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Archive for February, 2010|Monthly archive page

Email Etiquette: Using High Priority

In Uncategorized on February 22, 2010 at 4:36 pm

We all think that our message is important to the world. That sense of entitlement has fostered in our brains and we can’t seem to let it go. The reality of it is, though, that the message we so desperately want to send and have everyone read is not as important as we think it is. As a matter of fact, to many people, it may not be important at all. Since importance is so very subjective, how do you decide which emails should be sent with that “High Importance” flag?

Here are a few tips to help:

DO¬†send an email high priority when…

  1. The matter is life-threatening.
  2. The matter will cause a company or individual to lose great sums of money.
  3. The matter could turn into some sort of legal dispute (i.e. lawsuit, conviction, etc.).
  4. You have sent SEVERAL (subjective) other emails to no avail on a very important (once again, subjective) issue.

DON’T send an email high priority when…

  1. You just want a quick response on a situation with no detrminental impact.
  2. You’re including many people on the email (this can confuse people and have many people taking the same “important” action).
  3. You’re forwarding a mesage that does not require any action on part of the recipient.
  4. You are sending your first email on a somewhat important (subjective) issue.

Like anything else related to emails or any other forms of communication, there are no hard and fast rules that apply to each and ever situation. It is up to you to use your best judgement. Also, as stated above, there are many situations that are more open to individual interpretation. In these cases, it may be better to overdo it than to underdo (is that a word?) it.

So, the next time you’re sending an email and decide to check that “high priority” button, keep in mind that you may be breaking all the rules of email etiquette if your flag is out of line.


5 Tips for Handling Your Own Emails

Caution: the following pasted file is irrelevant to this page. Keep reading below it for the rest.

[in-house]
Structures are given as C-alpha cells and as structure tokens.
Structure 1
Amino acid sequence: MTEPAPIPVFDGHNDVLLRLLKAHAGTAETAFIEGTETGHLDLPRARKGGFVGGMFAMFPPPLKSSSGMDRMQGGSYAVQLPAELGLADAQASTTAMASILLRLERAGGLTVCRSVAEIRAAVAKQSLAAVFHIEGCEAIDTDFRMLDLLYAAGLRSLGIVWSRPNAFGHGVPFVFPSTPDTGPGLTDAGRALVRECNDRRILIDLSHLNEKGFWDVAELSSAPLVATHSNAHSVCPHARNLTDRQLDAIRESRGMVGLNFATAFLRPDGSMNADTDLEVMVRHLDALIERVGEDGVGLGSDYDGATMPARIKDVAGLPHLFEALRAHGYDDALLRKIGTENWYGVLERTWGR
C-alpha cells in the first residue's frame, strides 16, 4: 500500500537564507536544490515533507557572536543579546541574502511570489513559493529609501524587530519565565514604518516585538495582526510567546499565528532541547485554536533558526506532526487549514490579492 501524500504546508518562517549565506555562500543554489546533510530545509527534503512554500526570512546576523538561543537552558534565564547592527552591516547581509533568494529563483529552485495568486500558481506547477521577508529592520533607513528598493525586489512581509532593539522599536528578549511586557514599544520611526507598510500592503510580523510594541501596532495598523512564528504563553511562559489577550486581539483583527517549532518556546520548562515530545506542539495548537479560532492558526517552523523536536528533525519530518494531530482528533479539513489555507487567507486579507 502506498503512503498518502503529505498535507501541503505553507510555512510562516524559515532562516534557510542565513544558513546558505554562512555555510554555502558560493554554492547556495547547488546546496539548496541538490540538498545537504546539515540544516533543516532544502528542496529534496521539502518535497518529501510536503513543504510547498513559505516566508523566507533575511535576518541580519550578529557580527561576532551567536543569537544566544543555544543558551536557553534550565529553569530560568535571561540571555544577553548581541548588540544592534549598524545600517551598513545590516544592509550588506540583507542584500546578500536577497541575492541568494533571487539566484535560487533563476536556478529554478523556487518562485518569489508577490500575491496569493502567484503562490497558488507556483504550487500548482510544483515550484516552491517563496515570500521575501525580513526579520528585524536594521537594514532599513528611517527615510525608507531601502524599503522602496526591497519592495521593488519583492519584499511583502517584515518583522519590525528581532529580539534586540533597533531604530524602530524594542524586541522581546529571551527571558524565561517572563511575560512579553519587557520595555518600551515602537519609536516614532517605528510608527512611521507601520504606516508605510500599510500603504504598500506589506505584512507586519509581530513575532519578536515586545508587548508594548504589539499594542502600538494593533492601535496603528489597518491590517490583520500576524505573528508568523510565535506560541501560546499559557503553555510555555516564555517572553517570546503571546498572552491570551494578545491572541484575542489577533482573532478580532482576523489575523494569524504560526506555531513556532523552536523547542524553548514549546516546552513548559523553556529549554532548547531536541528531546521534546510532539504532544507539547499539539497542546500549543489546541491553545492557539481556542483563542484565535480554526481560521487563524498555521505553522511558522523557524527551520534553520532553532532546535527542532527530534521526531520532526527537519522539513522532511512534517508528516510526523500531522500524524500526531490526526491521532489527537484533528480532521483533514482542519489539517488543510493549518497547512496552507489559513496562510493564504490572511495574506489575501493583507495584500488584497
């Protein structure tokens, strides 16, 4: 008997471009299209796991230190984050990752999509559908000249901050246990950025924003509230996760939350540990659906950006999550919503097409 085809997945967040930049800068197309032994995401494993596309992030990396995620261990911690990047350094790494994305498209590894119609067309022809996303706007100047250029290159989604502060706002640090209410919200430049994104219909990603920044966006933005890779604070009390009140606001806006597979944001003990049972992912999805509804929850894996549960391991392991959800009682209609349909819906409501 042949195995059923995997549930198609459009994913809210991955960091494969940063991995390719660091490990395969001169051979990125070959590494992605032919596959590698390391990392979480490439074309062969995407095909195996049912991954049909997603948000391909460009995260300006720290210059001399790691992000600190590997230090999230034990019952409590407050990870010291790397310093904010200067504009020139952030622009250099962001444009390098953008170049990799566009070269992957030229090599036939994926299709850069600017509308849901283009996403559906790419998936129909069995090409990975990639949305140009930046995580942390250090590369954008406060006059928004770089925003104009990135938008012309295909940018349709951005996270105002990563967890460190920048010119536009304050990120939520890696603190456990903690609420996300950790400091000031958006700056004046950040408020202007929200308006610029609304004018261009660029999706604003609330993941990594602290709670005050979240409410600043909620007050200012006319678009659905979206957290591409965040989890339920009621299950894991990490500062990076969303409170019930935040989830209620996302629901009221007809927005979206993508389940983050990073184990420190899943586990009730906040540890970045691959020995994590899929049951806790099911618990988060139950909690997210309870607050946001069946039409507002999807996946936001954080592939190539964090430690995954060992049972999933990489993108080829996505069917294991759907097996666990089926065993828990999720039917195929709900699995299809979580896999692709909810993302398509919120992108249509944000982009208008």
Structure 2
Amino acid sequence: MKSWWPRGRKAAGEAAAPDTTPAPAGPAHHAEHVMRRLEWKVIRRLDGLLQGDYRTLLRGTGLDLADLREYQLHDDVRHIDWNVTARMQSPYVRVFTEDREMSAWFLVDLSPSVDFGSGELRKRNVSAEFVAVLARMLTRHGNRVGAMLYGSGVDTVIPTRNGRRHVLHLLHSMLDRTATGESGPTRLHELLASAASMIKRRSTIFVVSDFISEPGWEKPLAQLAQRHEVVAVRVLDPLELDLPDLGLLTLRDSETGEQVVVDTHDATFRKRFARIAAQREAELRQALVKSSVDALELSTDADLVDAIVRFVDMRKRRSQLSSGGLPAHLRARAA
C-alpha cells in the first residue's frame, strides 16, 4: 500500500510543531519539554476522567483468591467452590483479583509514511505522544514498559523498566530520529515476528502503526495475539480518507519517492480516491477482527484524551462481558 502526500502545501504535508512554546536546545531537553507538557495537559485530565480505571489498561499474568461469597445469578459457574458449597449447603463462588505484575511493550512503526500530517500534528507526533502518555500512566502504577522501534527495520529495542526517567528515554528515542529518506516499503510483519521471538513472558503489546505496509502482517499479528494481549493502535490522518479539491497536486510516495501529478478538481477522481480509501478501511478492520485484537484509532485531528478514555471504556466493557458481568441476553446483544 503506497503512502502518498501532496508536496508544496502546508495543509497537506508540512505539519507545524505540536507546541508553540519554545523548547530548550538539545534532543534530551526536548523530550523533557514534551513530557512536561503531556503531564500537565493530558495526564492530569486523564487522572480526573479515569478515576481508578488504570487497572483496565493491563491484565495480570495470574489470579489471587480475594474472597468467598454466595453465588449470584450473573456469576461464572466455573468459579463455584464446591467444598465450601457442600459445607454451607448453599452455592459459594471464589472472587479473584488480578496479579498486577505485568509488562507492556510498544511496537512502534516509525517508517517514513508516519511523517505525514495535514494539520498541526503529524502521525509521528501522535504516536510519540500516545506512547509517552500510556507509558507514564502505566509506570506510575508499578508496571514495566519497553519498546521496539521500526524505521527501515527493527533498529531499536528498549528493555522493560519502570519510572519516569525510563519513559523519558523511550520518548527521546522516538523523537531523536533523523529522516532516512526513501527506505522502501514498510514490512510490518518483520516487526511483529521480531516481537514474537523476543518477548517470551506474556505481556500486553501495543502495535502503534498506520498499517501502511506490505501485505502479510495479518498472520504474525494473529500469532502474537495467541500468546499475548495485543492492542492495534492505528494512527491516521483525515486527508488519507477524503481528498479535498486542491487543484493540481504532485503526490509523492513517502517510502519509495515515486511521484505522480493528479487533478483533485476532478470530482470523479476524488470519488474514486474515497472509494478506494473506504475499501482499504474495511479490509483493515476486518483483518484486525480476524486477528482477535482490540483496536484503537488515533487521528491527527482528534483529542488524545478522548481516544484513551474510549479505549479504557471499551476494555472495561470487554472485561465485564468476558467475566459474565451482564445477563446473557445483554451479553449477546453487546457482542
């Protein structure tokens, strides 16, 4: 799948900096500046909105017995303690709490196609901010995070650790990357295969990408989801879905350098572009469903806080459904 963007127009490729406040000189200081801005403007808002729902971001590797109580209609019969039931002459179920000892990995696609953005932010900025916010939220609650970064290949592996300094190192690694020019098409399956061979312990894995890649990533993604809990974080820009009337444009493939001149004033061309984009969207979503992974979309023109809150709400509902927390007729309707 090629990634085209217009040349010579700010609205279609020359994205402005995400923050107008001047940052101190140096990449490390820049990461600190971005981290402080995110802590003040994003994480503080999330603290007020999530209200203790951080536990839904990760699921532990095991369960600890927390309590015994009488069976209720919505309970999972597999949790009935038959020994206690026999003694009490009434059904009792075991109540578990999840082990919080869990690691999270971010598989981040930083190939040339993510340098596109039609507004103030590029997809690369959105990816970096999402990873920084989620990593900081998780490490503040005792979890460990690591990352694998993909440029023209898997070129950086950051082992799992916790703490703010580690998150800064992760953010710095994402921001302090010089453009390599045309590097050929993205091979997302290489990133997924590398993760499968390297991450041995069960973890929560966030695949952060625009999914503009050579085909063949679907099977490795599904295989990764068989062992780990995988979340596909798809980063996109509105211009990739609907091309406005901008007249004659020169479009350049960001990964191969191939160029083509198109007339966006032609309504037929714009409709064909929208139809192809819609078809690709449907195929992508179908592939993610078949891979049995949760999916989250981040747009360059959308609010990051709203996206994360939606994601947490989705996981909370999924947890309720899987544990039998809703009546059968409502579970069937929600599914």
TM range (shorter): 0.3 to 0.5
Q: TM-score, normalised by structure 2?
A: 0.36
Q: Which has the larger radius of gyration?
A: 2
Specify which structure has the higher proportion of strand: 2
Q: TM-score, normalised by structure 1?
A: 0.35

In Uncategorized on February 19, 2010 at 4:11 pm

Many people / businesses do it everyday. What is “it” you ask? Sending and receiving emails. However, how many people know how to word their emails in such a way that tone doesn’t get lost in translation and the recipient gets as clear a message as possible? Not very many people are aware of the simple email tips that can either make or break the effectiveness of your organization’s electronic communication.

Additionally, many people get lost in their emails and more often than not don’t have time to respond to each and every one that came in during business hours. Of course these business owners / executives know that they owe their clients a timely response, but other professional commitments or maybe even the desire to get to that evening happy hour can get in the way of that. We’re all human. It happens to the best of us, but if you behave in such a way, be prepared for client escalations.

To avoid such situations, you can keep the following rules in mind:

1. Try to respond to every email within 3 hours. Of course, this may not always be possible, but this should be your goal – especially in the case of emails sent during your regular business hours. Customers are aware that they may not get an instantaneous response when sending an email, but that shouldn’t be taken for granted as some clients may feel that the message they have sent should be at the top of your list – and they’re not out of line for feeling that way – after all -they are paying you.

2. If there will be significant delay to responding emails and you are aware of this, set an autoresponder so that the customer is aware that you have meetings all day, are in and out of the office, etc. You won’t believe how much face this will save in the long run. The client will know to expect a delay and won’t necessarily be sitting in front of the PC (or MAC) anxiously awaiting your response.

3. Check “High-Priority” emails first. Let’s hope that your clients (or even fellow employees) know the rules for sending high importance emails. If they do, they are sending the message to you that way for a reason. Putting their issue ahead of the crowd can definitely help save you from encountering (and coaching a customer through) a potential disaster.

4. As a general rule of thumb, if your email response will be longer than around 250 words, it may be best to follow up with the client via phone call and send an email summary to recap the key points of what was discussed. Email was originally intended to be a quick method of communication. Don’t be counterproductive here. There are, of course, exceptions to this “rule” – i.e. if the client has asked for email communication only, if the client is expecting the email, etc.

5. If you are worked up in any way before you send an email, save it as a draft, step away from your PC (or MAC) for around 5 minutes or so to cool down before coming back to review the email and send. Your attitude can come across in email for sure. The last thing you want to do is send a furious email to your client and heighten the tension between you two (or more). Usually after taking a brief break, you are better able to focus and control any anger than may come through your email.

About the author: Elise Connors is an Associate Account Manager for a top internet firm. She enjoys helping people start their own online businesses and maintain effective communication between themselves and their client base.